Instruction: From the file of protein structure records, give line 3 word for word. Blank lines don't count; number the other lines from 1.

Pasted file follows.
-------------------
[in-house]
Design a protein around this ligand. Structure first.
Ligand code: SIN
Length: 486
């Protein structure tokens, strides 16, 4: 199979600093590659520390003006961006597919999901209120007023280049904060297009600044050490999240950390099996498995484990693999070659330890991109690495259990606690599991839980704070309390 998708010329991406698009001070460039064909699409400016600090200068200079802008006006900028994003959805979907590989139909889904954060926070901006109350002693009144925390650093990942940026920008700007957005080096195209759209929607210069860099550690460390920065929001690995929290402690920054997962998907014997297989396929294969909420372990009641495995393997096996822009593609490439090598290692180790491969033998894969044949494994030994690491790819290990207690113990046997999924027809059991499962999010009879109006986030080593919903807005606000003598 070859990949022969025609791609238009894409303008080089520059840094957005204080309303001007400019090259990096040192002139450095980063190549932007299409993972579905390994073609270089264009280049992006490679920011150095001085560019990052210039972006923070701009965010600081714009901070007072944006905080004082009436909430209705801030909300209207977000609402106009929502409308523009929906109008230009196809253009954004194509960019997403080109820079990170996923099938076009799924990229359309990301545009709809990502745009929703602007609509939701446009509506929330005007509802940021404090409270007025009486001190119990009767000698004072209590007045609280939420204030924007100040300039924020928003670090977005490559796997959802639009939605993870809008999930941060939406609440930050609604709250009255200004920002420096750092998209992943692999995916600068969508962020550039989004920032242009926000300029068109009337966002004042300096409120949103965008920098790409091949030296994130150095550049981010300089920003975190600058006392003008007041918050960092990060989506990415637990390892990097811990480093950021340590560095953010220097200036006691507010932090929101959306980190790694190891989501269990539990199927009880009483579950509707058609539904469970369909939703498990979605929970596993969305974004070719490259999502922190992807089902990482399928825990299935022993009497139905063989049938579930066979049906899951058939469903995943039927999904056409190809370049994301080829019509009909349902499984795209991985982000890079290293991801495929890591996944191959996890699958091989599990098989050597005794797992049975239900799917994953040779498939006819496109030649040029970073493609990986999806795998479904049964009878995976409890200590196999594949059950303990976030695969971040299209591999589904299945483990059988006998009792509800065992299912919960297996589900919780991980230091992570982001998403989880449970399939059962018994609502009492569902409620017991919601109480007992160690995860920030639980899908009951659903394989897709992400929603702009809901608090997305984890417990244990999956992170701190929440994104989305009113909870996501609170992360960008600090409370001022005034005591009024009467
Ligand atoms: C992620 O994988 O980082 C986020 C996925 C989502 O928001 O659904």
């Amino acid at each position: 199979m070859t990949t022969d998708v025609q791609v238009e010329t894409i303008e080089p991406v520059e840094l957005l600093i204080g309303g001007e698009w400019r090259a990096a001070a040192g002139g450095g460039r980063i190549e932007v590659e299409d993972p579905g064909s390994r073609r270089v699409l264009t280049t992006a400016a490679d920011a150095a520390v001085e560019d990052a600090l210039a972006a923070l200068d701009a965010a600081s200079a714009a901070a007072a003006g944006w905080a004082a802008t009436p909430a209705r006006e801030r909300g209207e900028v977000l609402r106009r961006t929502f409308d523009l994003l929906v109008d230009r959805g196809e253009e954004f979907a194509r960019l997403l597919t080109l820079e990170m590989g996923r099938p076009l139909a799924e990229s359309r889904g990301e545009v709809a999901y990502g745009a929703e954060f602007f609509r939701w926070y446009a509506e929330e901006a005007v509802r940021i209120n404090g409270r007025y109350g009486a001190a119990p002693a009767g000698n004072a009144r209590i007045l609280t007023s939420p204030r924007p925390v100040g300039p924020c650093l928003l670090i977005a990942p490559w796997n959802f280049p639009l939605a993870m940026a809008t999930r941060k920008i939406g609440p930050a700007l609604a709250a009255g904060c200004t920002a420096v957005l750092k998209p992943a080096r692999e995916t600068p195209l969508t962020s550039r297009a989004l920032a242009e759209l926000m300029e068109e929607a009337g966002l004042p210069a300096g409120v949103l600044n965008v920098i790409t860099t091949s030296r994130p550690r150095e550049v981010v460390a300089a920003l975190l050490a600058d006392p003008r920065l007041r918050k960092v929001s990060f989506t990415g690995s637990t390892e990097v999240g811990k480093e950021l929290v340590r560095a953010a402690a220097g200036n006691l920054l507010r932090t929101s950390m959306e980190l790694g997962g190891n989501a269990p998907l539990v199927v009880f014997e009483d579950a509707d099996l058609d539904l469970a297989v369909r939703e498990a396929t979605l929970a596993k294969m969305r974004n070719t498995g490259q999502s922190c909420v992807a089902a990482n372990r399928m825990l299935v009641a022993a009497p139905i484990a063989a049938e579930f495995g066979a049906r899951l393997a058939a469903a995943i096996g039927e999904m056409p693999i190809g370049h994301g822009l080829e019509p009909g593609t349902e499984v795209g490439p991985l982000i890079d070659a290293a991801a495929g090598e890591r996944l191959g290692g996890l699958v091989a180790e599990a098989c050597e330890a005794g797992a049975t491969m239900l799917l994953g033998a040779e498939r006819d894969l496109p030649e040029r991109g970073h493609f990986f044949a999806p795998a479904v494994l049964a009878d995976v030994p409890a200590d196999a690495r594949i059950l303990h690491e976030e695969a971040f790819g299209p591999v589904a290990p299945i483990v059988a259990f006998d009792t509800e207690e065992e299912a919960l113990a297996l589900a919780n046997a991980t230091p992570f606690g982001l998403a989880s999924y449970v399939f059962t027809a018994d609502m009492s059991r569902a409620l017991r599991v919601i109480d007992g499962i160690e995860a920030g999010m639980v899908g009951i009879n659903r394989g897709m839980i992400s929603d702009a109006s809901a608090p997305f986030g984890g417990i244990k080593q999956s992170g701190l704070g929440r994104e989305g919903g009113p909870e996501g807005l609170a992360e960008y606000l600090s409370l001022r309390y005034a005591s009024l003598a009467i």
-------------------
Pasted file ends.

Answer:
Ligand code: SIN